John C. Wright is Endlessly Interesting

Here he is, introducting the idea of argumentroids by means of discussing scientifroids:

I have always held that Science Fiction was never actually fiction stories about science. Instead, it is stories about fictional science. Writers routinely commended for the “hardness” of their hard SF, that is to say, commended for their realism, such as Larry Niven or Isaac Asimov or Arthur C Clarke, will introduce teleportation or psycho-history or faster than light drives or telepathy, none of which has any more scientific realism than flying carpets that run on happy thoughts and fairy dust.

And Robert Heinlein, the Dean of Science fiction, was like them a past master of the art of making their unscientific baloney seem scientific.

The writer’s chore is to lull the dragons of skepticism which guard the castle of the mind so that the waking dream of the tale can slip into the gates. The reader places himself into a half-hypnotic half-awake state known as “suspension of disbelief” where, for the sake of the story, the reader is willing to swallow the baloney if only his imagination is given enough excuse. In other words, it is not scientific accuracy that science fiction seeks or delivers, but scientific verisimilitude.

It is not supposed to be scientific, but scientifroid, if I may coin an awkward term for some hulking shape that looks vaguely like science in a dim light, but is not.

This is done in science fiction by mimicking some of the tropes of science. For example, Larry Niven posits in his ‘Known Space’ yarns that the law of conservation of momentum applies to teleportation booths, so that it is more expensive to teleport from the North Pole to the Equator than to the South Pole, because of the difference in angular momentum between a body at rest at either Pole versus a body being carried along at the speed of the rotation of the Earth. Teleportation is still hooey, but it seems more scientific if it suffers a reasonable scientific (or, rather scientifroid) limitation.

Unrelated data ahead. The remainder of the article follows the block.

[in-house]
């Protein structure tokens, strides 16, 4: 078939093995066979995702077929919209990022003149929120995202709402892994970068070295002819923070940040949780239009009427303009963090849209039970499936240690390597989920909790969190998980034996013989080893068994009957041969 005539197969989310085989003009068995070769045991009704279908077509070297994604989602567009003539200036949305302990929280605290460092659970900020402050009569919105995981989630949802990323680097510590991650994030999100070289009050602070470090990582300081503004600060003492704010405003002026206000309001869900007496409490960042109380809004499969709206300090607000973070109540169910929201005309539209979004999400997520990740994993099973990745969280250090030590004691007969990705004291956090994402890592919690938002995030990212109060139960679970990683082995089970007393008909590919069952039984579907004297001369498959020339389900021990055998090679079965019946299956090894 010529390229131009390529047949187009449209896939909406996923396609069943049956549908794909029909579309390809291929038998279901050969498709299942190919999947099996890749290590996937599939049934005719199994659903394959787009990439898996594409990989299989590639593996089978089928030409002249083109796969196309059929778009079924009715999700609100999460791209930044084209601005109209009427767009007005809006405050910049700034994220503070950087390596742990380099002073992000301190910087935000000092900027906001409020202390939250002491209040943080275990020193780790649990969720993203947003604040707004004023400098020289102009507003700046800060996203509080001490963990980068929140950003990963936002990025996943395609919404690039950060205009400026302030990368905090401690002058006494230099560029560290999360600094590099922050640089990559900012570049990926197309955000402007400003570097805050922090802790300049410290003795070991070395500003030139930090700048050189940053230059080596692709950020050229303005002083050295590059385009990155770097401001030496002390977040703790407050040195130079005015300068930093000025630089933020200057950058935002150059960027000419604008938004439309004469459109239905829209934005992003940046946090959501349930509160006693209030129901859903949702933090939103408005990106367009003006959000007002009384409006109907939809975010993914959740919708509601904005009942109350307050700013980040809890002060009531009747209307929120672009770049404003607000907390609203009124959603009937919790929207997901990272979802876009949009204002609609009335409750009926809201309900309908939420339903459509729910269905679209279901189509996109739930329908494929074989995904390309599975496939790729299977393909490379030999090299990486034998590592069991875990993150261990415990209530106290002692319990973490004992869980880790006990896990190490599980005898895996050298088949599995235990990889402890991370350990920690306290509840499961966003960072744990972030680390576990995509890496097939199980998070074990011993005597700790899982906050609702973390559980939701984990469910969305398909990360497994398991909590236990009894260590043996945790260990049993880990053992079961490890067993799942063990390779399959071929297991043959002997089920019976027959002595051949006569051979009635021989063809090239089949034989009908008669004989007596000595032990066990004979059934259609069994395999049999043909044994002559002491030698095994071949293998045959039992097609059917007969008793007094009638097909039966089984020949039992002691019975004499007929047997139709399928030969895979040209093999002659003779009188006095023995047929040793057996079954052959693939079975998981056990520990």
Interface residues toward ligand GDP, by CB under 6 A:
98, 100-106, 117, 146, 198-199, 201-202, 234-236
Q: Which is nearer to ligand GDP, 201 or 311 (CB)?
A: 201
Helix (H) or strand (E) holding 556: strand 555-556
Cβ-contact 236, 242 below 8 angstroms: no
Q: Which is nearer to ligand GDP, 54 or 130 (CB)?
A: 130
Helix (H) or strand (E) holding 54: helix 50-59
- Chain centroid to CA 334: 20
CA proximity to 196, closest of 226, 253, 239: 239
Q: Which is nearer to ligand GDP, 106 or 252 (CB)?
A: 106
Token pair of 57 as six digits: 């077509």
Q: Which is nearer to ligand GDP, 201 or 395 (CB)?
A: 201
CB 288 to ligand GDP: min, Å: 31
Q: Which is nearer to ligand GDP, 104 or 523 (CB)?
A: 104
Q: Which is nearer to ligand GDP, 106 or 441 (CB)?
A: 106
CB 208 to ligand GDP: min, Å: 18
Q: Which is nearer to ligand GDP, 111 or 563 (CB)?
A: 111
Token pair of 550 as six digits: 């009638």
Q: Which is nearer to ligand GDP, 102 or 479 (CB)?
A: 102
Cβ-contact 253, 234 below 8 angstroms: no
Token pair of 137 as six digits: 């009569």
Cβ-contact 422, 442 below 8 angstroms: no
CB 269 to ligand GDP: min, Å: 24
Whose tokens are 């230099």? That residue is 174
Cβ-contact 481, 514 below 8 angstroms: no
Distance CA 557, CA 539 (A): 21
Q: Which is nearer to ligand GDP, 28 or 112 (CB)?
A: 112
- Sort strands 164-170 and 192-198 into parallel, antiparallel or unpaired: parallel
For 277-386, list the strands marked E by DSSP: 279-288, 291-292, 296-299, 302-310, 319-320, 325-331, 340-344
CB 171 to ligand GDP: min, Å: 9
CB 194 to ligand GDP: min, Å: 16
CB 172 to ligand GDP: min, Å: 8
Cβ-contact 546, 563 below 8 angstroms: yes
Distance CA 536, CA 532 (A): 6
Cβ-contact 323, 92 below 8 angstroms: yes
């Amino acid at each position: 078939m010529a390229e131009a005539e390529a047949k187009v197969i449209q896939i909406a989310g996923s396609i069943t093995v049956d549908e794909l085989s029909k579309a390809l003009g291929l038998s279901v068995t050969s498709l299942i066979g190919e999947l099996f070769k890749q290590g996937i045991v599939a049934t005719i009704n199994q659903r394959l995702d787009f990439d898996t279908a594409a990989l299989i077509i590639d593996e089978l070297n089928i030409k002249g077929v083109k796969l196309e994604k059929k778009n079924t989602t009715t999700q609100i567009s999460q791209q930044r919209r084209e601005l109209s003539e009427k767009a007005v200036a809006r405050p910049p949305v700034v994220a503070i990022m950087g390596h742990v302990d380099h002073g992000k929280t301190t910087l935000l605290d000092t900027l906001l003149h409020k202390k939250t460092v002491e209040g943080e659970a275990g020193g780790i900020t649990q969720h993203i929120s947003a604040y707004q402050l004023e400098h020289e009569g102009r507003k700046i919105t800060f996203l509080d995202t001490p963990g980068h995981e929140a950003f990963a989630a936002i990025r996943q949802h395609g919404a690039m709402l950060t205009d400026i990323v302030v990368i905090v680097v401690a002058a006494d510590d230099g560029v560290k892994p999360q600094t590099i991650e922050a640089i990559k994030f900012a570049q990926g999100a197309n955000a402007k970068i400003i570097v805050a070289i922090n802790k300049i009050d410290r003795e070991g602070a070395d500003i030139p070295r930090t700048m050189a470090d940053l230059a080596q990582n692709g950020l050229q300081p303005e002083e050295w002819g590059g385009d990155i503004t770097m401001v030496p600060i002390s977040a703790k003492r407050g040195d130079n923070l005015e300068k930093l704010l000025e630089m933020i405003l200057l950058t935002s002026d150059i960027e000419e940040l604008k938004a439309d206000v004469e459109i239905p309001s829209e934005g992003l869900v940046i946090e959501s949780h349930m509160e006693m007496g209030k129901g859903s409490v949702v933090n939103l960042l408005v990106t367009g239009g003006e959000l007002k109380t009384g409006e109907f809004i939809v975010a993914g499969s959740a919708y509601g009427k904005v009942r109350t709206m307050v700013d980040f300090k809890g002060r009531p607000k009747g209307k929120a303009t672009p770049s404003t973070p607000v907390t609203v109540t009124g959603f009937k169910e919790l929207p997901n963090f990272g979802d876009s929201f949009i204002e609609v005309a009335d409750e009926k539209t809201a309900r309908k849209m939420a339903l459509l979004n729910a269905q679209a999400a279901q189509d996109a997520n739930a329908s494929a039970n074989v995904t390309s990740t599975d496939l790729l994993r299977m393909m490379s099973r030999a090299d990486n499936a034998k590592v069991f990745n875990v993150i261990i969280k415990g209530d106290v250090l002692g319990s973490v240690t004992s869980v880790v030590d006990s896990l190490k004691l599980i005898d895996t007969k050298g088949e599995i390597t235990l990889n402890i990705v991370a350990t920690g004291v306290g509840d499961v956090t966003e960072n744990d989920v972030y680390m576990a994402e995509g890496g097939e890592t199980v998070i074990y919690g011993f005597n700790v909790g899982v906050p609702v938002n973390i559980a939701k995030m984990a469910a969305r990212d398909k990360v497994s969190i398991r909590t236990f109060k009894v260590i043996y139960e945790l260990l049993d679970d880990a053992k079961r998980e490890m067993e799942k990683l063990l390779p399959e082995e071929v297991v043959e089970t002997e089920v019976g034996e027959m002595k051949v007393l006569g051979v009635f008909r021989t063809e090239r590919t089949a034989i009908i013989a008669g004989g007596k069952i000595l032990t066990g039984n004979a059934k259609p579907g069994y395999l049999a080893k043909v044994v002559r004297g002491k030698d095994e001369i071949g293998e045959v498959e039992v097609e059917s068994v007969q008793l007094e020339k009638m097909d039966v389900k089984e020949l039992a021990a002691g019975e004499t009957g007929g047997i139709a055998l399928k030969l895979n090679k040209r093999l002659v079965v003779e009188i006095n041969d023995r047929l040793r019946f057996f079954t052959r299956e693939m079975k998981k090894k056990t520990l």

It just gets more fun. Go here and read it all.

"We are now living in a police state. Just in case someone out there still ..."

All that Happened at the Border ..."
"Do I get extra points if I already know the answer to that question? But ..."

We’ve All Been There
"Well, if nothing else good comes out of the political turmoil this nation is in, ..."

“They Didn’t Get to Design our ..."
"The sad fact is that the Republican party uses the Pro-Life plank as a way ..."

“They Didn’t Get to Design our ..."

Browse Our Archives

Follow Us!

What Are Your Thoughts?leave a comment
  • Why is telepathy baloney?

    I recommend a reading of Rupert Sheldrake as an antidote.

    BTW, you believe in the Real Presence, don’t you? Want to test it by generating a prediction which can be mathematically confirmed?

    • Mark S. (not for Shea)

      But the Real Presence isn’t science, at least not in any way we currently understand the term. Miracles are miracles precisdely because they seemingly violate the mathematical laws of the universe.

  • Alister

    The “hardest” science fiction author I have ever run into is Greg Egan: His website includes some pretty hefty mathematics to absorb to get the depths of his stories.

    Though speaking of “hardness” of science fiction: I had an interesting discussion with my parish priest on how the Catholic crew of a spaceship capable of reaching nearly the speed of light would go about determining the progress of the liturgical year.

  • Mark S. (not for Shea)

    In all honesty, most “hard” SF bores me to tears. I once tried to read a very critically hailed SF series about 15 years ago and couldn’t finish it. Paper-thin characters. No plot. But the author spent over a page detailing the proper tire tread needed to traverse the Martian landscape or the length of the drill bits used in the terraforming operation. I have little doubt his science was sound. But his story was a snore.